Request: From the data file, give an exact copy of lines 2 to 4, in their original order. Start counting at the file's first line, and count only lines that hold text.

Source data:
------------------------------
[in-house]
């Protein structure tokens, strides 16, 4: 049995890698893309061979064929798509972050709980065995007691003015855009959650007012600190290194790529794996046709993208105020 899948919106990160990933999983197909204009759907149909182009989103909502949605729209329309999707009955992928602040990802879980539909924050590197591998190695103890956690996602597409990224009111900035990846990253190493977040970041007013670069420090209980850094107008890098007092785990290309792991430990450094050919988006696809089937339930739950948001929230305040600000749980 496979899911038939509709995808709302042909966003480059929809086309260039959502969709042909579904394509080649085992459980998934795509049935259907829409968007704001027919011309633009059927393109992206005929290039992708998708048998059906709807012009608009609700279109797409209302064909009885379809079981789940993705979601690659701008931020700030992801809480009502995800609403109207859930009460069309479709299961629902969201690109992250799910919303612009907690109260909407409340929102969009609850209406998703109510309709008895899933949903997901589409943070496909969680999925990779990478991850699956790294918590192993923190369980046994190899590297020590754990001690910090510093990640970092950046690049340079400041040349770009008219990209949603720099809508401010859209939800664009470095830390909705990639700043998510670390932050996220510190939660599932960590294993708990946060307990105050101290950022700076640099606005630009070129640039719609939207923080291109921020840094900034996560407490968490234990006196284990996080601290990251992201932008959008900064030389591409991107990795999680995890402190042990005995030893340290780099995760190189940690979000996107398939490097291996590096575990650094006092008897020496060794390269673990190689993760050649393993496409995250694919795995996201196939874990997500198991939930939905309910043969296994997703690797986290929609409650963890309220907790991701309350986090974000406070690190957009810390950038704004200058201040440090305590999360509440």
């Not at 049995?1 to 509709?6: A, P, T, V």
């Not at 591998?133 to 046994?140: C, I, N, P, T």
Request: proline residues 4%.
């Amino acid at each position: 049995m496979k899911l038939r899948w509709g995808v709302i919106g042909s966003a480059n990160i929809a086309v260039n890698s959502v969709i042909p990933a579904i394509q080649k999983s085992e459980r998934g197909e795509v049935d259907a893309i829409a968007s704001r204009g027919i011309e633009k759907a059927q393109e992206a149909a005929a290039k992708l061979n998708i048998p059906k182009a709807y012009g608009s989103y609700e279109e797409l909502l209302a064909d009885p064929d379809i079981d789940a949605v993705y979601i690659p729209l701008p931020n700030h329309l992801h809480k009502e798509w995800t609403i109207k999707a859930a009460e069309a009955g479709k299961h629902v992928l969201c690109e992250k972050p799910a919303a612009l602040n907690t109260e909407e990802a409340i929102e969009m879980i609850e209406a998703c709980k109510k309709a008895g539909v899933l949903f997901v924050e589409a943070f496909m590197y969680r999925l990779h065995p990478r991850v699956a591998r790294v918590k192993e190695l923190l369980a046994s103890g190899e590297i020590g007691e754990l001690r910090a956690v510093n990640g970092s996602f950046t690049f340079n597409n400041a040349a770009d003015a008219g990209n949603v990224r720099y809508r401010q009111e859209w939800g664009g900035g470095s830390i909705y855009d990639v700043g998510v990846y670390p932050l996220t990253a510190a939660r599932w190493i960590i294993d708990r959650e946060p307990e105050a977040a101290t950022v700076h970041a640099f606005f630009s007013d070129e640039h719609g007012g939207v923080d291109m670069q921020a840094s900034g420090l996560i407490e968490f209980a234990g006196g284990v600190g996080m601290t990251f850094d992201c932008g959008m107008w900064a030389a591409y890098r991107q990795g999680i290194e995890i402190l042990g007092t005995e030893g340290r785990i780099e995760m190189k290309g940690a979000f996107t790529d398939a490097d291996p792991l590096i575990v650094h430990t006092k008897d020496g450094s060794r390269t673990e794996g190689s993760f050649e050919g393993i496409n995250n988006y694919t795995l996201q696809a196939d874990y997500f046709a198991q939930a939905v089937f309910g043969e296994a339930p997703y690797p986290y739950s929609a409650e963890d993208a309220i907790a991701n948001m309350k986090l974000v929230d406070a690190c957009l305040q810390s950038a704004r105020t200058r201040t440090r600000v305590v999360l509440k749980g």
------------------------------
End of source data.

């Protein structure tokens, strides 16, 4: 049995890698893309061979064929798509972050709980065995007691003015855009959650007012600190290194790529794996046709993208105020 899948919106990160990933999983197909204009759907149909182009989103909502949605729209329309999707009955992928602040990802879980539909924050590197591998190695103890956690996602597409990224009111900035990846990253190493977040970041007013670069420090209980850094107008890098007092785990290309792991430990450094050919988006696809089937339930739950948001929230305040600000749980 496979899911038939509709995808709302042909966003480059929809086309260039959502969709042909579904394509080649085992459980998934795509049935259907829409968007704001027919011309633009059927393109992206005929290039992708998708048998059906709807012009608009609700279109797409209302064909009885379809079981789940993705979601690659701008931020700030992801809480009502995800609403109207859930009460069309479709299961629902969201690109992250799910919303612009907690109260909407409340929102969009609850209406998703109510309709008895899933949903997901589409943070496909969680999925990779990478991850699956790294918590192993923190369980046994190899590297020590754990001690910090510093990640970092950046690049340079400041040349770009008219990209949603720099809508401010859209939800664009470095830390909705990639700043998510670390932050996220510190939660599932960590294993708990946060307990105050101290950022700076640099606005630009070129640039719609939207923080291109921020840094900034996560407490968490234990006196284990996080601290990251992201932008959008900064030389591409991107990795999680995890402190042990005995030893340290780099995760190189940690979000996107398939490097291996590096575990650094006092008897020496060794390269673990190689993760050649393993496409995250694919795995996201196939874990997500198991939930939905309910043969296994997703690797986290929609409650963890309220907790991701309350986090974000406070690190957009810390950038704004200058201040440090305590999360509440």
């Not at 049995?1 to 509709?6: A, P, T, V």
């Not at 591998?133 to 046994?140: C, I, N, P, T």